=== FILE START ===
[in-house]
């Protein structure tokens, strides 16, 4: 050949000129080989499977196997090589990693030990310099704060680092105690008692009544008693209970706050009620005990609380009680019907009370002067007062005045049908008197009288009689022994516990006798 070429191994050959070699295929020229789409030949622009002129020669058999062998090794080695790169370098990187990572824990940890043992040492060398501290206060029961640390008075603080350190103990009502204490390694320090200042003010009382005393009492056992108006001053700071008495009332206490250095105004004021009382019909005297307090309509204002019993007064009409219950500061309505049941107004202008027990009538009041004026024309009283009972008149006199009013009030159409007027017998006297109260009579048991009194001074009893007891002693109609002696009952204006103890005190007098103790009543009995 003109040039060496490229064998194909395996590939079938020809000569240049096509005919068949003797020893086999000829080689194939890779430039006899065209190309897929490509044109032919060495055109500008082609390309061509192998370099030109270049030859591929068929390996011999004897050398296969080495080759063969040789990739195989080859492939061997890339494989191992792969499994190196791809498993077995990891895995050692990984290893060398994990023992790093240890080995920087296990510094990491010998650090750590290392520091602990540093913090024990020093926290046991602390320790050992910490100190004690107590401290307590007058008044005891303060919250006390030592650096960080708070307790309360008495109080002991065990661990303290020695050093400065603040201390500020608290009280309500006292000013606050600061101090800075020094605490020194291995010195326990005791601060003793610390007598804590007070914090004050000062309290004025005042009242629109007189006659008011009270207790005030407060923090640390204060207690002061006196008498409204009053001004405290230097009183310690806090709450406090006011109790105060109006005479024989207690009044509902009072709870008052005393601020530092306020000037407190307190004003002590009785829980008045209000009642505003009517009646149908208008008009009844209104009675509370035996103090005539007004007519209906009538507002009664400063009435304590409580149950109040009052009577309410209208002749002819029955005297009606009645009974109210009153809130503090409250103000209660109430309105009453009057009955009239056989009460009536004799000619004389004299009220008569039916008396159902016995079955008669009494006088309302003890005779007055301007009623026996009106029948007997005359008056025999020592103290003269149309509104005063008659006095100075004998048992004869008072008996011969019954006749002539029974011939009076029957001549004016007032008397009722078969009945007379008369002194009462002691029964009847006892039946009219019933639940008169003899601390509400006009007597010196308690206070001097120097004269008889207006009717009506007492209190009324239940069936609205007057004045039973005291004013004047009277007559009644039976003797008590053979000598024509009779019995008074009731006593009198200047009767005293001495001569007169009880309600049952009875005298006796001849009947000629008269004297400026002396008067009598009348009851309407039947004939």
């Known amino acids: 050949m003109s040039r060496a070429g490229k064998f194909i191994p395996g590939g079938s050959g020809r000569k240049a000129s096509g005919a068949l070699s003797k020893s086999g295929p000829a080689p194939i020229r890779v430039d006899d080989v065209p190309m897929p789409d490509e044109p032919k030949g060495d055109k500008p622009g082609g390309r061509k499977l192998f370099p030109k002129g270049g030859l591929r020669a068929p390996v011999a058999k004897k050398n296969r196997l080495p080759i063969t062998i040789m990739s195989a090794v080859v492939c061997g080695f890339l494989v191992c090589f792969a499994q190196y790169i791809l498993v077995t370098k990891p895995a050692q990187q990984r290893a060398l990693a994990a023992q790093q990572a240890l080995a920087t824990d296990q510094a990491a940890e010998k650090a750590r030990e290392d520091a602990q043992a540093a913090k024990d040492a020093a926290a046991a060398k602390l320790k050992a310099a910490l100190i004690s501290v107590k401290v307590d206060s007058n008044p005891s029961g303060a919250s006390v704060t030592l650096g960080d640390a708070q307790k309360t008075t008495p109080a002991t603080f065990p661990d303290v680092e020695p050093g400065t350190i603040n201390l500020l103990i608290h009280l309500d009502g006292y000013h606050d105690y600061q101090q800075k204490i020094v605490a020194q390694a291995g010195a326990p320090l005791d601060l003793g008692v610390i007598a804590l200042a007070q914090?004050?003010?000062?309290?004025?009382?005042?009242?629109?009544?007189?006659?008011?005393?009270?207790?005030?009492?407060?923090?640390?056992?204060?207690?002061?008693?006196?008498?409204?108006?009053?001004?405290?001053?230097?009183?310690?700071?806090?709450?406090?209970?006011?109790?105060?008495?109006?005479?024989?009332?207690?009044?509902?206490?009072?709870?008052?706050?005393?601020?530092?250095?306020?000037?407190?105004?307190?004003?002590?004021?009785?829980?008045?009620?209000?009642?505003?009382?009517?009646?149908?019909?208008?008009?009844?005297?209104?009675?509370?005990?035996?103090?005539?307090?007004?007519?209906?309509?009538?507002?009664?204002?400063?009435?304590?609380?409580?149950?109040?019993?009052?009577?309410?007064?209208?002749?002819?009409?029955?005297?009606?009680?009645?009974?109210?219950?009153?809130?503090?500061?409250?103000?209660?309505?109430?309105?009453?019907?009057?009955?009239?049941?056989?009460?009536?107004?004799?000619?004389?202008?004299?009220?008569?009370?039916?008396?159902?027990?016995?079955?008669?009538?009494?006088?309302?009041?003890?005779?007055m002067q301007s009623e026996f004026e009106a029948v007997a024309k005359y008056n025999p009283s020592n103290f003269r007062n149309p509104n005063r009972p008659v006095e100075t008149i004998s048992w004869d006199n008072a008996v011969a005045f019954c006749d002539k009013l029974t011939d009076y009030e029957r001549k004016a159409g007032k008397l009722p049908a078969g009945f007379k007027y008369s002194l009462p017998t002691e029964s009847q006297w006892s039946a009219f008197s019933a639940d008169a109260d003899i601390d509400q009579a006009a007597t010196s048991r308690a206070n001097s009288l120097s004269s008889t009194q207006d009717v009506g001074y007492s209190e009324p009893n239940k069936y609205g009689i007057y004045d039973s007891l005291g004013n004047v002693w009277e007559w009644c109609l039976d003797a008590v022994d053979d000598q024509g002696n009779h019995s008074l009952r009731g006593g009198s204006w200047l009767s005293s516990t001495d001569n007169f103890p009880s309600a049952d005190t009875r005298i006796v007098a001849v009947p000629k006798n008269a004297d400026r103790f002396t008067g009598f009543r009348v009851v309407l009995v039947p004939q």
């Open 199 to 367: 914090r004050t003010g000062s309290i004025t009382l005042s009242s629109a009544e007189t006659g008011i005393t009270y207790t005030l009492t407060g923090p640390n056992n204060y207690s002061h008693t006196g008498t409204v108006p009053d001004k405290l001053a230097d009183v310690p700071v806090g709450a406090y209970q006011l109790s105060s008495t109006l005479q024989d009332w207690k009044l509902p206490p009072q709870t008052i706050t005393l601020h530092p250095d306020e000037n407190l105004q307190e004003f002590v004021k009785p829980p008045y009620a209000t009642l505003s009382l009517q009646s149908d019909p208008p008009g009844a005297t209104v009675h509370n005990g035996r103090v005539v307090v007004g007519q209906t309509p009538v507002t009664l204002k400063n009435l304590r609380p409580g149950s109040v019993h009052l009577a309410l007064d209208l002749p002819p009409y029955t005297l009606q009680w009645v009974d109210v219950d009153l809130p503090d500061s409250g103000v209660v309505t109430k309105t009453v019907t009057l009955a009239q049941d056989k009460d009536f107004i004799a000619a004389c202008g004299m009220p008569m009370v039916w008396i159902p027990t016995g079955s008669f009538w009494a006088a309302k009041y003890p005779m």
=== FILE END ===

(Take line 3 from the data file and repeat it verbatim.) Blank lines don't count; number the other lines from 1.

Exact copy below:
């Known amino acids: 050949m003109s040039r060496a070429g490229k064998f194909i191994p395996g590939g079938s050959g020809r000569k240049a000129s096509g005919a068949l070699s003797k020893s086999g295929p000829a080689p194939i020229r890779v430039d006899d080989v065209p190309m897929p789409d490509e044109p032919k030949g060495d055109k500008p622009g082609g390309r061509k499977l192998f370099p030109k002129g270049g030859l591929r020669a068929p390996v011999a058999k004897k050398n296969r196997l080495p080759i063969t062998i040789m990739s195989a090794v080859v492939c061997g080695f890339l494989v191992c090589f792969a499994q190196y790169i791809l498993v077995t370098k990891p895995a050692q990187q990984r290893a060398l990693a994990a023992q790093q990572a240890l080995a920087t824990d296990q510094a990491a940890e010998k650090a750590r030990e290392d520091a602990q043992a540093a913090k024990d040492a020093a926290a046991a060398k602390l320790k050992a310099a910490l100190i004690s501290v107590k401290v307590d206060s007058n008044p005891s029961g303060a919250s006390v704060t030592l650096g960080d640390a708070q307790k309360t008075t008495p109080a002991t603080f065990p661990d303290v680092e020695p050093g400065t350190i603040n201390l500020l103990i608290h009280l309500d009502g006292y000013h606050d105690y600061q101090q800075k204490i020094v605490a020194q390694a291995g010195a326990p320090l005791d601060l003793g008692v610390i007598a804590l200042a007070q914090?004050?003010?000062?309290?004025?009382?005042?009242?629109?009544?007189?006659?008011?005393?009270?207790?005030?009492?407060?923090?640390?056992?204060?207690?002061?008693?006196?008498?409204?108006?009053?001004?405290?001053?230097?009183?310690?700071?806090?709450?406090?209970?006011?109790?105060?008495?109006?005479?024989?009332?207690?009044?509902?206490?009072?709870?008052?706050?005393?601020?530092?250095?306020?000037?407190?105004?307190?004003?002590?004021?009785?829980?008045?009620?209000?009642?505003?009382?009517?009646?149908?019909?208008?008009?009844?005297?209104?009675?509370?005990?035996?103090?005539?307090?007004?007519?209906?309509?009538?507002?009664?204002?400063?009435?304590?609380?409580?149950?109040?019993?009052?009577?309410?007064?209208?002749?002819?009409?029955?005297?009606?009680?009645?009974?109210?219950?009153?809130?503090?500061?409250?103000?209660?309505?109430?309105?009453?019907?009057?009955?009239?049941?056989?009460?009536?107004?004799?000619?004389?202008?004299?009220?008569?009370?039916?008396?159902?027990?016995?079955?008669?009538?009494?006088?309302?009041?003890?005779?007055m002067q301007s009623e026996f004026e009106a029948v007997a024309k005359y008056n025999p009283s020592n103290f003269r007062n149309p509104n005063r009972p008659v006095e100075t008149i004998s048992w004869d006199n008072a008996v011969a005045f019954c006749d002539k009013l029974t011939d009076y009030e029957r001549k004016a159409g007032k008397l009722p049908a078969g009945f007379k007027y008369s002194l009462p017998t002691e029964s009847q006297w006892s039946a009219f008197s019933a639940d008169a109260d003899i601390d509400q009579a006009a007597t010196s048991r308690a206070n001097s009288l120097s004269s008889t009194q207006d009717v009506g001074y007492s209190e009324p009893n239940k069936y609205g009689i007057y004045d039973s007891l005291g004013n004047v002693w009277e007559w009644c109609l039976d003797a008590v022994d053979d000598q024509g002696n009779h019995s008074l009952r009731g006593g009198s204006w200047l009767s005293s516990t001495d001569n007169f103890p009880s309600a049952d005190t009875r005298i006796v007098a001849v009947p000629k006798n008269a004297d400026r103790f002396t008067g009598f009543r009348v009851v309407l009995v039947p004939q």